For the Third Quarter 2012, the effects of these translation rate changes on net sales, gross profit and income before income taxes were increases of $0.7 million, $0.5 million and $0.3 million, respectively. For Year-To-Date 2012, the effects of these translation rate changes on net sales and gross profit were decreases of $2.8 million and $0.9 million, respectively, and on income before income taxes it was an increase of $0.3 million. Net sales are affected only by the Canadian dollar translation rates. In addition to the translation rate changes, the gross profit of our Canadian subsidiary is also impacted by its purchases of inventory, which are priced in U.S. dollars. The effects of these purchases on our gross profit were an increase of approximately $0.1 million during the Third Quarter 2012 and a decrease of $1.0 million during Year-To-Date 2012.

The preparation of consolidated financial statements in conformity with U.S. GAAP requires us to make estimates and assumptions that affect the reported amounts of assets and liabilities and the disclosure of contingent assets and liabilities at the date of the financial statements, as well as the reported revenues and expenses during the reported period. In many cases, there are alternative policies or estimation techniques that could be used. We continuously review the application of our accounting policies and evaluate the appropriateness of the estimates used in preparing our financial statements; however, estimates routinely require adjustment based on changing circumstances and the receipt of new or better information. Consequently, actual results could differ from our estimates.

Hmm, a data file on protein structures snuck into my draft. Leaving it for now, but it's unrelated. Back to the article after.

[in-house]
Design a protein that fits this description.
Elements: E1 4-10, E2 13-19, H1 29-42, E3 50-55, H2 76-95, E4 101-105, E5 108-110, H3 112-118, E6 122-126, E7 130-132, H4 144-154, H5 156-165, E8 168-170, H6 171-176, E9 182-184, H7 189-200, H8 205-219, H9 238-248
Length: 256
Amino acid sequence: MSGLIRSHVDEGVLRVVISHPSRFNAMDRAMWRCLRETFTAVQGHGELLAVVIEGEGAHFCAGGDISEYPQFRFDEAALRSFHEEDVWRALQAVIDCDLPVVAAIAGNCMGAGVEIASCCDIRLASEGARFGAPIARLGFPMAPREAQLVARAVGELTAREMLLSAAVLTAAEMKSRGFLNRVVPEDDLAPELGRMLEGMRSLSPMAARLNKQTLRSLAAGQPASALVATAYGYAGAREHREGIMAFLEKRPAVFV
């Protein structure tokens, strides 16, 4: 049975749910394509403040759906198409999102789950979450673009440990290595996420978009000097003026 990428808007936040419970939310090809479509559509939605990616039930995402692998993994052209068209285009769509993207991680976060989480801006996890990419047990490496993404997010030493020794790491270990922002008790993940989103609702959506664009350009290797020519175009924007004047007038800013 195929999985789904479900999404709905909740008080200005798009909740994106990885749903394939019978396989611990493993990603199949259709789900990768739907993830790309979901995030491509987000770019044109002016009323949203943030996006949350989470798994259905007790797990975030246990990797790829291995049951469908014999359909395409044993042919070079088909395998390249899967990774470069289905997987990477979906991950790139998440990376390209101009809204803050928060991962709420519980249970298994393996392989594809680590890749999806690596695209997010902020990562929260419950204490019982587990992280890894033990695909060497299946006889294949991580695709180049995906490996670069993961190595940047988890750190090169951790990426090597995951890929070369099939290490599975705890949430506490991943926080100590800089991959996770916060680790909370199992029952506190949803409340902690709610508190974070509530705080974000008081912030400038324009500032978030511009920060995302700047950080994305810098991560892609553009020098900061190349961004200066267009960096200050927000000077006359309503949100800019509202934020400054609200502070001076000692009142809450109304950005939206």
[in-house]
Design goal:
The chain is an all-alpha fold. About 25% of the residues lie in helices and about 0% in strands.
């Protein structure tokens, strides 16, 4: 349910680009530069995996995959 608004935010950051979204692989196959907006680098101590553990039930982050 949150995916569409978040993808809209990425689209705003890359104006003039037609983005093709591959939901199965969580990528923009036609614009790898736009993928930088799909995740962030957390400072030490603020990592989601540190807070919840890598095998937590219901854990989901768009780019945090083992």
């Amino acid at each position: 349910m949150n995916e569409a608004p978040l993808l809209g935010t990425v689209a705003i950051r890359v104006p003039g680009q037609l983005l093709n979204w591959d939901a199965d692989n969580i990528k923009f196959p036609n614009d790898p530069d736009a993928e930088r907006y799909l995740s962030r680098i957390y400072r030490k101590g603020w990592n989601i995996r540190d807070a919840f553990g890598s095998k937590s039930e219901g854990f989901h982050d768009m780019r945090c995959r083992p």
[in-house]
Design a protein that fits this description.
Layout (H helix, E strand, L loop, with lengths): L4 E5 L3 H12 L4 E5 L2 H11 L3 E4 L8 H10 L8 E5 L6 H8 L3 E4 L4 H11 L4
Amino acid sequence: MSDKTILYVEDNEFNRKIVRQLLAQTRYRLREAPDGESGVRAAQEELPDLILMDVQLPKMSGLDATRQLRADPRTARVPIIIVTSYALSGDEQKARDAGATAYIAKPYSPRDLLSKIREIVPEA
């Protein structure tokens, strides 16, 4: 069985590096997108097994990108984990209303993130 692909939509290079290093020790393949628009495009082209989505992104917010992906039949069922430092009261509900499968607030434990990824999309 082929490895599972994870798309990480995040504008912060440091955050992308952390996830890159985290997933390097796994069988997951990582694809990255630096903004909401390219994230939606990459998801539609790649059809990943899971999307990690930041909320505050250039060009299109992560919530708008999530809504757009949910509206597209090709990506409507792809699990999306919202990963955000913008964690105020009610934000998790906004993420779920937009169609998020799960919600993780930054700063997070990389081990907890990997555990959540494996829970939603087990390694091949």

The accounting policies and estimates discussed below include those that we believe are the most critical to aid in fully understanding and evaluating our financial results. Senior management has discussed the development and selection of our critical accounting policies and estimates with the Audit Committee of our Board of Directors, which has reviewed our related disclosures herein.
Inventory Valuation
Merchandise inventories are stated at the lower of average cost or market, using the retail inventory method. Under the retail inventory method, the valuation of inventories at cost and the resulting gross margins are calculated by applying a cost-to-retail ratio, for each merchandise department, to the retail value of inventories. An initial markup is applied to inventory at cost to establish a cost-to-retail ratio. Permanent markdowns, when taken, reduce both the retail and cost components of inventory on hand so as to maintain the already established cost-to-retail relationship. At any one time, inventories include items that have been marked down to our best estimate of the lower of their cost or fair market value and an estimate of our inventory shrinkage. We base our decision to mark down merchandise upon its current rate of sale, the season, and the age and sell-through of the item. We estimate sell-through rates based upon historical and forecasted information. Markdown reserves are assessed and adjusted each quarter based on current sales trends and their resulting impact on forecasts. Our success is largely dependent upon our ability to gauge the fashion taste of our customers, and to provide a well-balanced merchandise assortment that satisfies customer demand. Throughout the year, we review our inventory in order to identify slow moving items and